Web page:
Karadu (also called Karandi), which means basket, is the oldest type of rath. All the other styles came later. Kullu is also known as the country of Athara Karadu. This rath is made of bamboo, is a round shaped basket which is carried in hand and has a diameter of about one and half feet and is of similar height. The mohras of the devi or devata, and flowers are placed within while a number of chhatra (parasol) often one to five are mounted over it. Legend has it that when Jamdagni carrying a Karadu containing eighteen devta mohras reached the Hamta pass, the mohras got scattered and landed at different places in Kullu. The rath of Panchvir of Kotkandhi and Jivnarayan of Janaare of the style of Karadu. There are raths of this style in Mandi also where it is called Karandi. It remains covered with red and green cloth and is carried on the waist or on the head. An open fronted Karadu as opposed to a round one is called Kandu, as seen at Soyal where the rath of Ishri Narayan is of this style.
This is a square standing rath and is 4 to 6 feet high. About four inches above the feet there is a plain aboput 4 inches high. Over it there is a square box of about three feet high. Over it is placed a strip of wood of about two inches high. On these strips there are kept holes through which pass the argalas, also known as jamana, which are considered as the arms and legs of the devata. On all the four sides are placed judu of silver. The upper part of the shoulder, on the front side, from the both the corners, it goes up tapering and it takes a conical shape. In such kind of rath there is put one mohra on the top and two or three below it. On the front there is one main mohra. Below there are two and still below them there are three. On the body above there are mohras on the rath of some devis over the jamana but in some raths there are chauk.
Many devatas in Kullu have pheti style of rath. Among these are: Nags, Narayan, Chambhus of outer Saraj, Khaddu jal, Devrishi Narad of Ninu, Shaprara Narayan of Barogi, Trijuginarayan of Dayar, Adi Brahma of Khokhan, Bijlesvar Mahadev,Mangleshvar Mahadev,etc. The Kali Nag of Shirad also has a rath like this but it does not have the chhatra on its top. Instead there is a silver band representing the tongue of the Nag.FeathersofMonalarealsoplacedoverit.
Thereare12 mohras stuck on it.
Their raths have crowns with beads hanging on the heads of Gautam Rishi, Ved Vyas and Kanchan Nag at the birth place of the 18 Nags at Gaushal. On the rath in the front there are two judu of silver. There are six mohras on it. The rath of Dhumal of Halan also has rath of pheti style. The raths of Nags are carried by two men while those of
Chambhu and Trijugi Narayan are carried by four men because their bodies are heavy. Some raths also bear chhatra on their top like those of Trijuginarayan, Gohri Deo of Varituni, and Chotru Nag of Shoja. Gohri deo has in some villages the pheta style and in others the standing dome style. In Hurla it is khada rath and in Janahal it is pheti.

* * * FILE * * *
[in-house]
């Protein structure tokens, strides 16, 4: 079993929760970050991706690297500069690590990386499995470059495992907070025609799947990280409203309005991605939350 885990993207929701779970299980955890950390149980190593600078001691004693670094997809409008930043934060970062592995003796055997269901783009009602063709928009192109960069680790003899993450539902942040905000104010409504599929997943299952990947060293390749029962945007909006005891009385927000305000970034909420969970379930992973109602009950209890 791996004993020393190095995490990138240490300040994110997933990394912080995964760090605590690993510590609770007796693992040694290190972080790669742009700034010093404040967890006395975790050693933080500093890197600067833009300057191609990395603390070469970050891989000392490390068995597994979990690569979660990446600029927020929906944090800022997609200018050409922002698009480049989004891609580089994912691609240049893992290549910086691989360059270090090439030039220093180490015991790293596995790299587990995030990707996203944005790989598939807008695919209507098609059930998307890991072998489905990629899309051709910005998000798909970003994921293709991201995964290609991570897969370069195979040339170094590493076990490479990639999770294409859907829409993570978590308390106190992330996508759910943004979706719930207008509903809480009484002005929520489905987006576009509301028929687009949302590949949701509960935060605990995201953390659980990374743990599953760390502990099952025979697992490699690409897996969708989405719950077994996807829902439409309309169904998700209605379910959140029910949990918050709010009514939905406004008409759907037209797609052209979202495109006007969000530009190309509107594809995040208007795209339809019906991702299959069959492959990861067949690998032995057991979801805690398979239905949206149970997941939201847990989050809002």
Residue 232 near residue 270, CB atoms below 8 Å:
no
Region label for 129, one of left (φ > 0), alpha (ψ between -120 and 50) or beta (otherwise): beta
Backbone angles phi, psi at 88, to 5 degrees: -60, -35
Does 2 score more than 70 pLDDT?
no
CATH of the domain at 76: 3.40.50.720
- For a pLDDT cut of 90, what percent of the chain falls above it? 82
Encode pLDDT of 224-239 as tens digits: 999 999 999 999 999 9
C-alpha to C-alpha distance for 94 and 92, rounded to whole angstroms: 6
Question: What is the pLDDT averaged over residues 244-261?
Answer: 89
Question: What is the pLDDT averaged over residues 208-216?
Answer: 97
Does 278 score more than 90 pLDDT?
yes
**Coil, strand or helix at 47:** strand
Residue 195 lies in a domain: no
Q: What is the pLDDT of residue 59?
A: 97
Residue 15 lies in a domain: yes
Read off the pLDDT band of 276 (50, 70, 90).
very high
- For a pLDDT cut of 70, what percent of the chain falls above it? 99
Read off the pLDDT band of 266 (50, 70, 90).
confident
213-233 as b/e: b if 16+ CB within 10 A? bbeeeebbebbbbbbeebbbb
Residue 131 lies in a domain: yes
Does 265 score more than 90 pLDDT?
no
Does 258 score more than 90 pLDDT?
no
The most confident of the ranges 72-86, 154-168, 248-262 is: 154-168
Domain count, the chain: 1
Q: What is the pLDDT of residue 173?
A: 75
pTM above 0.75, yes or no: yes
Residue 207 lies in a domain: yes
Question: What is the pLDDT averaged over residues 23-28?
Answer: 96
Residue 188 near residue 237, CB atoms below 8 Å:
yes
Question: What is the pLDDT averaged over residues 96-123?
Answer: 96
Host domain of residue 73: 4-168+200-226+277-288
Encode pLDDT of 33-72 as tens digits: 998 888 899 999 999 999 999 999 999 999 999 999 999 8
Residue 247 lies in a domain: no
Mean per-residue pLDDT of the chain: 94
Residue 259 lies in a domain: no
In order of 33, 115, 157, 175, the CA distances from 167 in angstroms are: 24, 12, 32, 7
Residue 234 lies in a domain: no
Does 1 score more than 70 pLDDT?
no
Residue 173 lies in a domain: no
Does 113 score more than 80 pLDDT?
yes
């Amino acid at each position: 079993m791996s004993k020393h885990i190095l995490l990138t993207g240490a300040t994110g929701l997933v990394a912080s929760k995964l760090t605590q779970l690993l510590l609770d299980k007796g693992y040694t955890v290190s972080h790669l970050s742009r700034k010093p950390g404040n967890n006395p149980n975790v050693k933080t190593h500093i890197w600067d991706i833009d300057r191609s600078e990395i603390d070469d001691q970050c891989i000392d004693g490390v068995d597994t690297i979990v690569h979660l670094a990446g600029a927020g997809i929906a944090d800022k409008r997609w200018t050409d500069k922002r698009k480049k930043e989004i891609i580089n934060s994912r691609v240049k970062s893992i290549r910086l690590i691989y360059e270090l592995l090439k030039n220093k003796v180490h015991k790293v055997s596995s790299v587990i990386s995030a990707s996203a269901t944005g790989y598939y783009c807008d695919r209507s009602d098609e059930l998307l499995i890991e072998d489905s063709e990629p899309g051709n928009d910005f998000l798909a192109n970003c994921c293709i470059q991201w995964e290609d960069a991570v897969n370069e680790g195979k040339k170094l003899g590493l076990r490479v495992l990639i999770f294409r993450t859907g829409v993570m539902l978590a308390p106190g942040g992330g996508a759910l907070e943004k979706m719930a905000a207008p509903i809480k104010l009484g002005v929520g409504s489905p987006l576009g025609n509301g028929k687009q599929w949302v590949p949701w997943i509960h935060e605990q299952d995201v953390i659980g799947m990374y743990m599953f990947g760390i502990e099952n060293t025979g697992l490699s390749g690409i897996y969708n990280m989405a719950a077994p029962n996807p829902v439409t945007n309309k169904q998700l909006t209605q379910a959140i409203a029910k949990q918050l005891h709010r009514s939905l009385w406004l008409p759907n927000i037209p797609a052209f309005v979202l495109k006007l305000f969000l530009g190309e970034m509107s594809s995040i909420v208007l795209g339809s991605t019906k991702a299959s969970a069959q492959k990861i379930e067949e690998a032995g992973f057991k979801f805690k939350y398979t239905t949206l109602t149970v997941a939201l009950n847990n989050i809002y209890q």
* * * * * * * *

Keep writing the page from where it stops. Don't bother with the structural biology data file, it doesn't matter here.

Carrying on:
There is placed a wooden plank fitted in the body in the middle of the rath of Devrishi Narad which is called Kolta with which are stuck the mohras. On the top of the rath is tied a bunch of yak hair held together with a thin silver band. The hair of the devatas is like those of Rishis. In the pheti style there are from three to 30 mohras
in a rath. A silver band is tied all around the mohra for decoration. Some devatas sport a kalgi on their head of monal or peacock.
The god of gods of Kullu, Raghunath, moves every year on a temple rath to Dhalpur. These are found at Dhalpur, Haripur and Manikaran and are generally placed in front of the temple of Raghunath. The rath at Dhalpur is 10×10
square feet at base and is 8 feet high. Over it is a conical roof supported at all four corners and has twelve wooden wheels. The rath is bound by two girders, a foot thick. These raths are spacious enough to seat about eight to ten persons, the gur, pujari, etc. of the devata. It is drawn by rope made of bagar grass. This is taken out only once in a year during the time of Dussehra, on the tenth of white half of Asvin. It is decorated with multi-coloured cloth; statue of Raghunathji placed in it and drawn to the Dusshera ground.
At Dhalpur the Gohri devata has a small pheta rath which bears 11 mohras and is carried on the head. Similarly there is a square rath of Lakshinarayan in Kamand which is also carried on the head.
Some devatas have single pieces of plank as a rath and are accorded the same processes. The rath of Gepang in Lahul is in the shape of a girder, called ‘charshing’. It is adorned with multicoloured cloth strips and to its front end is tied a cloth bag called khyung. This rath is brought from Malana as Jamlu of Malana is considered his elder brother. The residents of Malana cut three trees from jungle and place them in front of the temple. One of them is usually found some distance apart the following morning which is taken as the char of Gepang.